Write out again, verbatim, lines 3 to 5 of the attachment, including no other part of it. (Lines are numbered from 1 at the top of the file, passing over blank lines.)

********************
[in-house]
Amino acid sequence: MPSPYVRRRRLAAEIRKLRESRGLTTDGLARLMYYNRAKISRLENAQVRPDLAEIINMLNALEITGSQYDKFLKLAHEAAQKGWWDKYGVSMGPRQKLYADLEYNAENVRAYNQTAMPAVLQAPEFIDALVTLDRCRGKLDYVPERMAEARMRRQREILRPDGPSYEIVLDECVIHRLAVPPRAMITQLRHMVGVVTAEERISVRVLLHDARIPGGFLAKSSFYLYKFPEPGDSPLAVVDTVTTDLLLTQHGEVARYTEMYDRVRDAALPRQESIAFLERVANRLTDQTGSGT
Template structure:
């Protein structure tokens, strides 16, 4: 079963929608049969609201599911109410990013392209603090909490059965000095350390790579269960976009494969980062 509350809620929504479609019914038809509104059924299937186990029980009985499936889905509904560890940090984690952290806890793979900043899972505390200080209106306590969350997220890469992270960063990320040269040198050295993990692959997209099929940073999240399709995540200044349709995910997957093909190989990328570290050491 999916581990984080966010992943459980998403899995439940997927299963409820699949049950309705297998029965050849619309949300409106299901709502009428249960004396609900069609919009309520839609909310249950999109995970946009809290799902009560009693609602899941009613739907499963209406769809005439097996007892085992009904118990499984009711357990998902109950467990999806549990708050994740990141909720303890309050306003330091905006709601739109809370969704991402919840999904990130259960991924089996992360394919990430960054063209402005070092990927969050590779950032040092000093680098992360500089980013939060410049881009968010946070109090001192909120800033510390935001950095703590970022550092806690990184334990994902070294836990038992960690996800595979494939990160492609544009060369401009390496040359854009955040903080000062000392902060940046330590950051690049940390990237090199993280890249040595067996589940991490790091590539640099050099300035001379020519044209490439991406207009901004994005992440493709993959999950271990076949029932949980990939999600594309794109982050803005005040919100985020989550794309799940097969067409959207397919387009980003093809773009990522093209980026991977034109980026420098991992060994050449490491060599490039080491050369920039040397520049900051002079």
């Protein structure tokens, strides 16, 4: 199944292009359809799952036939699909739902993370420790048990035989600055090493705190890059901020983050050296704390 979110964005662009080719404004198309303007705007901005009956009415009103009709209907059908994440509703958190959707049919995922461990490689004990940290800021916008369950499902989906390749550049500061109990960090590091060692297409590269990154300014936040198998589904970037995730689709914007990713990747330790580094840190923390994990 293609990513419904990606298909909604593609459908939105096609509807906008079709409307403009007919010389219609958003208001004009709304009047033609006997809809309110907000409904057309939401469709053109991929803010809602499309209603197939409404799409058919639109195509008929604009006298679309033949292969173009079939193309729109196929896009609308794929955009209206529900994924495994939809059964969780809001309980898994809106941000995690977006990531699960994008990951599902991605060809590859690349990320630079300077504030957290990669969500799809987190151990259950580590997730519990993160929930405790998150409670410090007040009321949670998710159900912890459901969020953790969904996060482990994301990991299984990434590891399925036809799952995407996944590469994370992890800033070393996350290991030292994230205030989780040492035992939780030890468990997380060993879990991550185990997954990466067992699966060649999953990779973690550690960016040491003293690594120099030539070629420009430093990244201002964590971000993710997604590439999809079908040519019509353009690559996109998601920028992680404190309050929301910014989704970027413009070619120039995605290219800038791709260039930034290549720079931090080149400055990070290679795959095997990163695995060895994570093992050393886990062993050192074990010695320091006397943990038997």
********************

Template structure:
């Protein structure tokens, strides 16, 4: 079963929608049969609201599911109410990013392209603090909490059965000095350390790579269960976009494969980062 509350809620929504479609019914038809509104059924299937186990029980009985499936889905509904560890940090984690952290806890793979900043899972505390200080209106306590969350997220890469992270960063990320040269040198050295993990692959997209099929940073999240399709995540200044349709995910997957093909190989990328570290050491 999916581990984080966010992943459980998403899995439940997927299963409820699949049950309705297998029965050849619309949300409106299901709502009428249960004396609900069609919009309520839609909310249950999109995970946009809290799902009560009693609602899941009613739907499963209406769809005439097996007892085992009904118990499984009711357990998902109950467990999806549990708050994740990141909720303890309050306003330091905006709601739109809370969704991402919840999904990130259960991924089996992360394919990430960054063209402005070092990927969050590779950032040092000093680098992360500089980013939060410049881009968010946070109090001192909120800033510390935001950095703590970022550092806690990184334990994902070294836990038992960690996800595979494939990160492609544009060369401009390496040359854009955040903080000062000392902060940046330590950051690049940390990237090199993280890249040595067996589940991490790091590539640099050099300035001379020519044209490439991406207009901004994005992440493709993959999950271990076949029932949980990939999600594309794109982050803005005040919100985020989550794309799940097969067409959207397919387009980003093809773009990522093209980026991977034109980026420098991992060994050449490491060599490039080491050369920039040397520049900051002079």
């Protein structure tokens, strides 16, 4: 199944292009359809799952036939699909739902993370420790048990035989600055090493705190890059901020983050050296704390 979110964005662009080719404004198309303007705007901005009956009415009103009709209907059908994440509703958190959707049919995922461990490689004990940290800021916008369950499902989906390749550049500061109990960090590091060692297409590269990154300014936040198998589904970037995730689709914007990713990747330790580094840190923390994990 293609990513419904990606298909909604593609459908939105096609509807906008079709409307403009007919010389219609958003208001004009709304009047033609006997809809309110907000409904057309939401469709053109991929803010809602499309209603197939409404799409058919639109195509008929604009006298679309033949292969173009079939193309729109196929896009609308794929955009209206529900994924495994939809059964969780809001309980898994809106941000995690977006990531699960994008990951599902991605060809590859690349990320630079300077504030957290990669969500799809987190151990259950580590997730519990993160929930405790998150409670410090007040009321949670998710159900912890459901969020953790969904996060482990994301990991299984990434590891399925036809799952995407996944590469994370992890800033070393996350290991030292994230205030989780040492035992939780030890468990997380060993879990991550185990997954990466067992699966060649999953990779973690550690960016040491003293690594120099030539070629420009430093990244201002964590971000993710997604590439999809079908040519019509353009690559996109998601920028992680404190309050929301910014989704970027413009070619120039995605290219800038791709260039930034290549720079931090080149400055990070290679795959095997990163695995060895994570093992050393886990062993050192074990010695320091006397943990038997």